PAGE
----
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Gender play : girls and boys in school

Author: Barrie Thorne
Publisher: New Brunswick, N.J. : Rutgers University Press, 1993.
Edition/Format:   Book : EnglishView all editions and formats
Database:WorldCat
Summary:
You see it in every schoolyard: the girls play only with girls, the boys play only with boys. Why? And what do the kids think about this? Breaking with familiar conventions for thinking about children and gender, Gender Play develops fresh insights into the everyday social worlds of kids in elementary schools in the United States. Barrie Thorne draws on her daily observations in the classroom and on the playground  Read more...
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Additional Physical Format: Online version:
Thorne, Barrie.
Gender play.
New Brunswick, N.J. : Rutgers University Press, 1993
(OCoLC)756467292
Document Type: Book
All Authors / Contributors: Barrie Thorne
ISBN: 0813519225 9780813519227 0813519233 9780813519234
OCLC Number: 26128100
Description: xi, 237 p. ; 24 cm.
Contents: Children and gender --
Learning from kids --
Boys and girls together ... but mostly apart --
Gender separation: why and how --
Creating a sense of "opposite sides" --
Do girls and boys have different cultures? --
Crossing the gender divide --
Lip gloss and "goin' with": becoming teens --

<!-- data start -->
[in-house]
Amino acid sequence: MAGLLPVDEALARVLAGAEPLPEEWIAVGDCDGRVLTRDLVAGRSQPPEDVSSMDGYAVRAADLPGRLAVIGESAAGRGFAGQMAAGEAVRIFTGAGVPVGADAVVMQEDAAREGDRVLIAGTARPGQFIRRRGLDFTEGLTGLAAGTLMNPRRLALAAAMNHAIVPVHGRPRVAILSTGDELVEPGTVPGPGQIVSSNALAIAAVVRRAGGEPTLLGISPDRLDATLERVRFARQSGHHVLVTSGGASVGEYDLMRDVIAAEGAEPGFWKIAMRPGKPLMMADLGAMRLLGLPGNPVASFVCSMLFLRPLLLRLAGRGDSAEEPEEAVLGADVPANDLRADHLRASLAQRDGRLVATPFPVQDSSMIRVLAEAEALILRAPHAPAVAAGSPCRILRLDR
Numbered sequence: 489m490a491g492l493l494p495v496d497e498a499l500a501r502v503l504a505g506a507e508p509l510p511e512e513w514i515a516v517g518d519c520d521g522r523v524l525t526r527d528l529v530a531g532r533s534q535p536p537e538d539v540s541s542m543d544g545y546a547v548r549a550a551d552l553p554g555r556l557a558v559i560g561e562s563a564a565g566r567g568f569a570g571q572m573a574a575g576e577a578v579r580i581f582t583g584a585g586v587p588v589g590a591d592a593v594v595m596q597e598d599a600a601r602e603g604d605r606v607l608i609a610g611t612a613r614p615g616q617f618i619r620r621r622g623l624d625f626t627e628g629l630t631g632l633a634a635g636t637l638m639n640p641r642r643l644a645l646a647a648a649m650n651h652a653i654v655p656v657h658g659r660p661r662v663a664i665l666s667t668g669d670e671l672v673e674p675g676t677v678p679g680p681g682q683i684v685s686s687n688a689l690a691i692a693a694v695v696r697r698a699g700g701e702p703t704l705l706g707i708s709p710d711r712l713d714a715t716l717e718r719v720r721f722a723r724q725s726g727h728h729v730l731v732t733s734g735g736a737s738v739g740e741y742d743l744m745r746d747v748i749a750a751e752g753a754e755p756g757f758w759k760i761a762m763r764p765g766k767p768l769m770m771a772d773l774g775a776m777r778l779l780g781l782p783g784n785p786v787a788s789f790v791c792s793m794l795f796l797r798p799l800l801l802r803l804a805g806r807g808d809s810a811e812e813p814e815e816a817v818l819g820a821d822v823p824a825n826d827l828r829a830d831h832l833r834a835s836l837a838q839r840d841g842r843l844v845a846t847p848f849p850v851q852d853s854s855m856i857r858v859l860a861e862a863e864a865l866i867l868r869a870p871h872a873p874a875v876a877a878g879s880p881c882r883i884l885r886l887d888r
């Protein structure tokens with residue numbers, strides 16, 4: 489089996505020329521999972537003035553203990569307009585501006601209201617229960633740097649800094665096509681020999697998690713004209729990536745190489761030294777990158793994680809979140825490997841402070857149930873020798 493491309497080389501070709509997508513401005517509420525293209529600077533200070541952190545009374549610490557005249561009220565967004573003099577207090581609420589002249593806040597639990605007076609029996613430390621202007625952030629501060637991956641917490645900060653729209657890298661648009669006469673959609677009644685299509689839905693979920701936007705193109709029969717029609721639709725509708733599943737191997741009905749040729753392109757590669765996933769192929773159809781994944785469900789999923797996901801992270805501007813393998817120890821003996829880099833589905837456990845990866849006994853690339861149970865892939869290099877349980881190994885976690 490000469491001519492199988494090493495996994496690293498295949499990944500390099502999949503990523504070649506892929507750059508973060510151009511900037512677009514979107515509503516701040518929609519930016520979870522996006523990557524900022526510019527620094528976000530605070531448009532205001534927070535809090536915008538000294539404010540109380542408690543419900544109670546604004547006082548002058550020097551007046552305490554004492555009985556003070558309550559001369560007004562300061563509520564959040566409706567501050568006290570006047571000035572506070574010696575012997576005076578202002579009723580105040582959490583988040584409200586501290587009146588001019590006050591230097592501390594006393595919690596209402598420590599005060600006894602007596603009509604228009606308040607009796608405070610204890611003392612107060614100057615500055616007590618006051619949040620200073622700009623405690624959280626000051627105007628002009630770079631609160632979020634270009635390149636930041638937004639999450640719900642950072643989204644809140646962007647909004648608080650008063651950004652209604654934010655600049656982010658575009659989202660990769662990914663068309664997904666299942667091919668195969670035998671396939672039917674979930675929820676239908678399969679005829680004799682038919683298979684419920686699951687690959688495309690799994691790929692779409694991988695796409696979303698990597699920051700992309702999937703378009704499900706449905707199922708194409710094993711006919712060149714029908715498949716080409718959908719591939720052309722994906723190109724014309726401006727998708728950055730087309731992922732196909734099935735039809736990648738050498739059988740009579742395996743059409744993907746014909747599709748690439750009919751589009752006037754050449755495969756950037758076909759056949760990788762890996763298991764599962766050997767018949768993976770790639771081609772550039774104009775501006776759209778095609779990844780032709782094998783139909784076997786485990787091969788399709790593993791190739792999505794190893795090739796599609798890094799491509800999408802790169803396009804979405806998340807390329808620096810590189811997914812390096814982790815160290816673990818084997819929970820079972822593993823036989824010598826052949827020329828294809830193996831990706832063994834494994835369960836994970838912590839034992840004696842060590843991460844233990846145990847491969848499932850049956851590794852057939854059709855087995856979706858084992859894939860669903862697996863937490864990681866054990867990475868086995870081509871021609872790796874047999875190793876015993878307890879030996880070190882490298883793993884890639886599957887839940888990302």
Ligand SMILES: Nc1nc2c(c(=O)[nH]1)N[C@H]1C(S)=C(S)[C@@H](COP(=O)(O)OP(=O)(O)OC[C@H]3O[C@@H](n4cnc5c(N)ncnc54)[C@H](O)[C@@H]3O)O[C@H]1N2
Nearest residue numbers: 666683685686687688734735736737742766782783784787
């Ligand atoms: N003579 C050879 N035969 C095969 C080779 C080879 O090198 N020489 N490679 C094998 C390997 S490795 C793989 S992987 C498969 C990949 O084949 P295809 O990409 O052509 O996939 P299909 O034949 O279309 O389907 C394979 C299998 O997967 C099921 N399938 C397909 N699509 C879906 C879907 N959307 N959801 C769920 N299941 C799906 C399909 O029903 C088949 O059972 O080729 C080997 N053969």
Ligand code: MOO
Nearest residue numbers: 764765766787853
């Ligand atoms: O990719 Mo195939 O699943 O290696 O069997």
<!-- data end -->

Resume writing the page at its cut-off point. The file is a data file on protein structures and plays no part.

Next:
Lessons for adults.
Responsibility: Barrie Thorne.

Abstract:

You see it in every schoolyard: the girls play only with girls, the boys play only with boys. Why? And what do the kids think about this? Breaking with familiar conventions for thinking about children and gender, Gender Play develops fresh insights into the everyday social worlds of kids in elementary schools in the United States. Barrie Thorne draws on her daily observations in the classroom and on the playground to show how children construct and experience gender in school. With rich detail, she looks at the "play of gender" in the organization of groups of kids and activities - activities such as "chase-and-kiss," "cooties," "goin' with," and teasing. Thorne observes children in schools in working-class communities, emphasizing the experiences of fourth and fifth graders. Most of the children she observed were white, but a sizable minority were Latino, Chicano, or African American. Thorne argues that the organization and meaning of gender are influenced by age, ethnicity, race, sexuality, and social class, and that they shift with social context. She sees gender identity not through the lens of individual socialization or difference, but rather as a social process involving groups of children. Thorne takes us on a fascinating journey of discovery, provides new insights about children, and offers teachers practical suggestions for increasing cooperative mixed-gender interaction.

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Linked Data


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